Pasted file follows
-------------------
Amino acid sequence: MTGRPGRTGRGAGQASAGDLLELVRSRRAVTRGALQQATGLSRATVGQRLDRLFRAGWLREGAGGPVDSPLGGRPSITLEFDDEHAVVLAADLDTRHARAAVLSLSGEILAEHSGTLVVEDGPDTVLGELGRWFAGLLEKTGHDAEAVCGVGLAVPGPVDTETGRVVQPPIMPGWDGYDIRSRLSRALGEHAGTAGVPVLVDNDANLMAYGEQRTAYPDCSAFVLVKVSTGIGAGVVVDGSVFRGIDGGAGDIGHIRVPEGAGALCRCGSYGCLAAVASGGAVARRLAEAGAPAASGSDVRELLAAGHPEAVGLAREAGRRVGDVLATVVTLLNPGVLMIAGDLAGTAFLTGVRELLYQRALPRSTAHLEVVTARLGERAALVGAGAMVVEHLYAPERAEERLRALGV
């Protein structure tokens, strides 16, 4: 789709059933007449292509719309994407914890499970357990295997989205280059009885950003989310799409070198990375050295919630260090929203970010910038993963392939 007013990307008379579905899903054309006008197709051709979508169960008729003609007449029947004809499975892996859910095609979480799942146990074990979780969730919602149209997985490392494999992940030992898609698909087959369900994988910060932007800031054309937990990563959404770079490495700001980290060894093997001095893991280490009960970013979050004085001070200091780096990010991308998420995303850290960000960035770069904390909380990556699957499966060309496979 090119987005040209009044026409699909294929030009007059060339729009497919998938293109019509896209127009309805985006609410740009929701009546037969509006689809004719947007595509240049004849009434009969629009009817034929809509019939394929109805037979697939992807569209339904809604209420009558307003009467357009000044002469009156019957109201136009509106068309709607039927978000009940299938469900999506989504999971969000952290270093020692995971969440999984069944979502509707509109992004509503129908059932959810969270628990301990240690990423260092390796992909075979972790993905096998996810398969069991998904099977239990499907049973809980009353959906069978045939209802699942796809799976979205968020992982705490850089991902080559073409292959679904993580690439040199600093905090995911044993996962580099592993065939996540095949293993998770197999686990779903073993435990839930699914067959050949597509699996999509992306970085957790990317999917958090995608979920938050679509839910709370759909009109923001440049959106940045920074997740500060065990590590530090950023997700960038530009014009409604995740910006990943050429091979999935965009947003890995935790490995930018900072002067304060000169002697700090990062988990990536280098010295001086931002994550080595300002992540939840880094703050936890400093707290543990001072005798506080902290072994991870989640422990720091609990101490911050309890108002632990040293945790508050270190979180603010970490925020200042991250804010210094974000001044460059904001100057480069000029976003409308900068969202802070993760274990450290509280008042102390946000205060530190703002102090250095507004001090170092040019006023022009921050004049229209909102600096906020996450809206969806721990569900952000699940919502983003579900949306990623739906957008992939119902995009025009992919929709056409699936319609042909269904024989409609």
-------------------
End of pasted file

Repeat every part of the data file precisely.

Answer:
Amino acid sequence: MTGRPGRTGRGAGQASAGDLLELVRSRRAVTRGALQQATGLSRATVGQRLDRLFRAGWLREGAGGPVDSPLGGRPSITLEFDDEHAVVLAADLDTRHARAAVLSLSGEILAEHSGTLVVEDGPDTVLGELGRWFAGLLEKTGHDAEAVCGVGLAVPGPVDTETGRVVQPPIMPGWDGYDIRSRLSRALGEHAGTAGVPVLVDNDANLMAYGEQRTAYPDCSAFVLVKVSTGIGAGVVVDGSVFRGIDGGAGDIGHIRVPEGAGALCRCGSYGCLAAVASGGAVARRLAEAGAPAASGSDVRELLAAGHPEAVGLAREAGRRVGDVLATVVTLLNPGVLMIAGDLAGTAFLTGVRELLYQRALPRSTAHLEVVTARLGERAALVGAGAMVVEHLYAPERAEERLRALGV
């Protein structure tokens, strides 16, 4: 789709059933007449292509719309994407914890499970357990295997989205280059009885950003989310799409070198990375050295919630260090929203970010910038993963392939 007013990307008379579905899903054309006008197709051709979508169960008729003609007449029947004809499975892996859910095609979480799942146990074990979780969730919602149209997985490392494999992940030992898609698909087959369900994988910060932007800031054309937990990563959404770079490495700001980290060894093997001095893991280490009960970013979050004085001070200091780096990010991308998420995303850290960000960035770069904390909380990556699957499966060309496979 090119987005040209009044026409699909294929030009007059060339729009497919998938293109019509896209127009309805985006609410740009929701009546037969509006689809004719947007595509240049004849009434009969629009009817034929809509019939394929109805037979697939992807569209339904809604209420009558307003009467357009000044002469009156019957109201136009509106068309709607039927978000009940299938469900999506989504999971969000952290270093020692995971969440999984069944979502509707509109992004509503129908059932959810969270628990301990240690990423260092390796992909075979972790993905096998996810398969069991998904099977239990499907049973809980009353959906069978045939209802699942796809799976979205968020992982705490850089991902080559073409292959679904993580690439040199600093905090995911044993996962580099592993065939996540095949293993998770197999686990779903073993435990839930699914067959050949597509699996999509992306970085957790990317999917958090995608979920938050679509839910709370759909009109923001440049959106940045920074997740500060065990590590530090950023997700960038530009014009409604995740910006990943050429091979999935965009947003890995935790490995930018900072002067304060000169002697700090990062988990990536280098010295001086931002994550080595300002992540939840880094703050936890400093707290543990001072005798506080902290072994991870989640422990720091609990101490911050309890108002632990040293945790508050270190979180603010970490925020200042991250804010210094974000001044460059904001100057480069000029976003409308900068969202802070993760274990450290509280008042102390946000205060530190703002102090250095507004001090170092040019006023022009921050004049229209909102600096906020996450809206969806721990569900952000699940919502983003579900949306990623739906957008992939119902995009025009992919929709056409699936319609042909269904024989409609």